Therefore, there would be a convergence between Piaget’s and Marx’s analysis concerning the way of analyzing the relation of genesis and structure in the collective development, in contrast to Durkheim and Pareto. The operatory explanation would be the common basis between Piaget and Marx, since both authors believe that the organization and reorganization of human action (individual and collective) go through conflicts and deep imbalances until reaching equilibrium states, relatively stable.

Besides that, for both, the relations of implications become more and more important while the reached equilibriums become more stable. Piaget’s readers will observe, in this interpretation, the strength of his theory of equilibrium (1975b) and the importance of his works about the contradiction (1974) and the dialectic (1980), formulated by him in the last decades of his life.

The sociologist Lucien Goldmann (1972), in a clear way, uses this theory to show the transformations that take place in societies. It was observed at the beginning of this work that the biologist Czeslaw Nowinski (1967) also points the strength of this theory (equilibrium theory) by Piaget, in the advance of his dialectical conception and, in this way, in convergence with Marx’s analysis method.

The Concentration/Centralization and Non-Concentration/Decentralization in Collective Representations Formation (Ideologies and Science)

The possibility of reaching objectivity when interpreting physical and social world depends on the activity of the thought which overcomes human tendency to consider external reality from expectations and interests of human being or their own social group. This tendency is bigger in the most elementary forms of knowledge, as in individual person as in collective groups, because due to this domain of investigation we can find new coincidences between Piaget’s and Marx’s conception.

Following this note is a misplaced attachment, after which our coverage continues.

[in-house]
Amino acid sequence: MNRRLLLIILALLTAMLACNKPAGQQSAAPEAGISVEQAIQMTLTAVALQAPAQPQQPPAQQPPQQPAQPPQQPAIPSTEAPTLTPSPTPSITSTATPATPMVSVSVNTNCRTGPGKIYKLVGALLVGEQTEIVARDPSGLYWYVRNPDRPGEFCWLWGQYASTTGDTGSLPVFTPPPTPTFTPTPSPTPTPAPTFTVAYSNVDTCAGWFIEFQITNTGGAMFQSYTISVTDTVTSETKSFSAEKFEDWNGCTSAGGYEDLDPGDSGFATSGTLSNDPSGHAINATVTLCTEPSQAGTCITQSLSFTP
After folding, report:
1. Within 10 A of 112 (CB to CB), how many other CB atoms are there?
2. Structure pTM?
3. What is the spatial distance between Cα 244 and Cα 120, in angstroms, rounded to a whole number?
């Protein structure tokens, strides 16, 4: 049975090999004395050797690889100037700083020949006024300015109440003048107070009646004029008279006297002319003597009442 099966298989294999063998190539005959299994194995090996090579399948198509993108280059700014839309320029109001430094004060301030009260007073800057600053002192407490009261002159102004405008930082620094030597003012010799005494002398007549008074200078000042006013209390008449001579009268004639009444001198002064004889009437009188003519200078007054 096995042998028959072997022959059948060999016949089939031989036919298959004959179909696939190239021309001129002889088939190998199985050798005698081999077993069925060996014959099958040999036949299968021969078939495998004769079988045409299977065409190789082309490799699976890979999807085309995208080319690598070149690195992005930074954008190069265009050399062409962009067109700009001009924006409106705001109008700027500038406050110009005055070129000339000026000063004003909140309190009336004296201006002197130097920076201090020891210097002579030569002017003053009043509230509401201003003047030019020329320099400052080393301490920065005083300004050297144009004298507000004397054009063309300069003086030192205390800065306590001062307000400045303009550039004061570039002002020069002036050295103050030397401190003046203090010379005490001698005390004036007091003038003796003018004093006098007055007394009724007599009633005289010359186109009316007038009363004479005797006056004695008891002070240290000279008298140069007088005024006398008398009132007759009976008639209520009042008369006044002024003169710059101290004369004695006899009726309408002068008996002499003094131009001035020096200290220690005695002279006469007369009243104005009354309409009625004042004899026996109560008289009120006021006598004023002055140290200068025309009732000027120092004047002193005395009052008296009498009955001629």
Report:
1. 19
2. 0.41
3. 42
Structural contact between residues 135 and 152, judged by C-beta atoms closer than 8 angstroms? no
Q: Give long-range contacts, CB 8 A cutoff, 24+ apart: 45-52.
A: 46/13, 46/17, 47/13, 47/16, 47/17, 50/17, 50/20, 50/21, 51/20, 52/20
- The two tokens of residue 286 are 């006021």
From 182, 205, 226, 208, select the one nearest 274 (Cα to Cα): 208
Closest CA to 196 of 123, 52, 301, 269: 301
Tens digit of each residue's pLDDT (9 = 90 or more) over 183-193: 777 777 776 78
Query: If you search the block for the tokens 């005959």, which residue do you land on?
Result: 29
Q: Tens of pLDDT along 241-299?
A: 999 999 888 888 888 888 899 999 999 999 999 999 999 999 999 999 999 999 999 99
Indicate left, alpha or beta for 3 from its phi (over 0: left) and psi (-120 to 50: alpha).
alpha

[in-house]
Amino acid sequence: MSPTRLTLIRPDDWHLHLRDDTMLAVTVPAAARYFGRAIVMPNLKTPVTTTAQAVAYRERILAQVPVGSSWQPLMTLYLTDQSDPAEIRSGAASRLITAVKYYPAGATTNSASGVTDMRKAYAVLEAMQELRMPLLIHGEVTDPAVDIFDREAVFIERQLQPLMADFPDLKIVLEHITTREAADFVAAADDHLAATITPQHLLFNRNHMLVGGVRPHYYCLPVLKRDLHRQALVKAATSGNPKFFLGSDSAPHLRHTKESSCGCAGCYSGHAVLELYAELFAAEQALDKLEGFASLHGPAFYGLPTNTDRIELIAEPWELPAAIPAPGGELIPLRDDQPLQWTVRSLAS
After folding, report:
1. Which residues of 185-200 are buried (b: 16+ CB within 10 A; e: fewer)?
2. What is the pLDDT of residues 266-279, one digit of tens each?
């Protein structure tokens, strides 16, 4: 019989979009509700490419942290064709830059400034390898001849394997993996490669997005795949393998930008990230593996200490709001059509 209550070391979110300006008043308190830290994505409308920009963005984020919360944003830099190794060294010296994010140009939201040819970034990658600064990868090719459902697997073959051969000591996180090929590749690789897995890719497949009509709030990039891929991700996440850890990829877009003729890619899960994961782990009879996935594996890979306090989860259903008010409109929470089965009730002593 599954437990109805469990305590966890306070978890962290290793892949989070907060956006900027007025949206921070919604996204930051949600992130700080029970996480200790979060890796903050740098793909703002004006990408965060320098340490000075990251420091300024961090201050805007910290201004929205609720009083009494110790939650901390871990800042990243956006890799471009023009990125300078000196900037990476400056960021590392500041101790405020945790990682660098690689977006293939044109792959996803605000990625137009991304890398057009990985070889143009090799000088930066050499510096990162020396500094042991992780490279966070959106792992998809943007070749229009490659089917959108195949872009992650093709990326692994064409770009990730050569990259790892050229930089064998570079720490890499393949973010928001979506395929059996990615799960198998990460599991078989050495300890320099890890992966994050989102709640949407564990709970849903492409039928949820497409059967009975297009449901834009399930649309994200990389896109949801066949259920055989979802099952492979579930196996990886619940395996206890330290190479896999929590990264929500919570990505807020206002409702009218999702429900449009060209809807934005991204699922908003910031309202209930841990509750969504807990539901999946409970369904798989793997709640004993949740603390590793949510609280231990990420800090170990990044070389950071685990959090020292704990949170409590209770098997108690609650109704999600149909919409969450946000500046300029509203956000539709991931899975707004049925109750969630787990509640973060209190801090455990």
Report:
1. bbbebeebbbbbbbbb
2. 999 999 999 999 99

The sociological analysis of development for collective thought leads to results concomitant of individual thought development. Therefore, in both developments we can highlight three meaningful moments.

On the individual development field, the first moment occurs when the child builds systems of practical actions, which coordinate themselves in a flexible way and allow reaching a start of non-concentration or objectivity. This is the moment of finishing for practical intelligence or sensory motor and practical construction of real world. The second moment starts when he child reaches representative activity and assimilates the reality with their own point of view. This is the moment when child’s adaptive activity, in representation plan, shows animist, artificial and realist explanations for physical and social phenomenon. In the third moment, the assimilation of real with schemes coordinated in an operatory group system determines the decentralization of the person.

The evolution of individual knowledge consists of, not only a direct and simple integration of initial schemes in ulterior schemes, but also, a gradual inversion of sense that takes out the privilege of their own point of view out, in order to insert it in a system that subordinates it to the reciprocity of all points of view, guaranteed by the operations.

On the other hand, in the collective thought, analogue to individual thought, we can find three essential moments of construction: first, there are, in different societies, the techniques connected to material work and to actions that the person takes over the nature; they are efficient susceptible relations and, consequently, of objectivity, but relations whose awareness remains partial, because it is connected to obtained results and not to understanding of mutual connections between states in which the transformations pass through.

In a later moment, there is a scientific or operatory thought, which extends, partly, the techniques, although it is completed with understanding of relations and, mainly, adding coordinate actions in systems of composition, which are the calculous, deduction and explanation operations.

The modern Science constitutes the clearest expression of objectivity process in the world. Galileu’s physics and causality by Renè Descartes represent the first most meaningful achievements in people’s operatory activity when explaining nature’s phenomenon.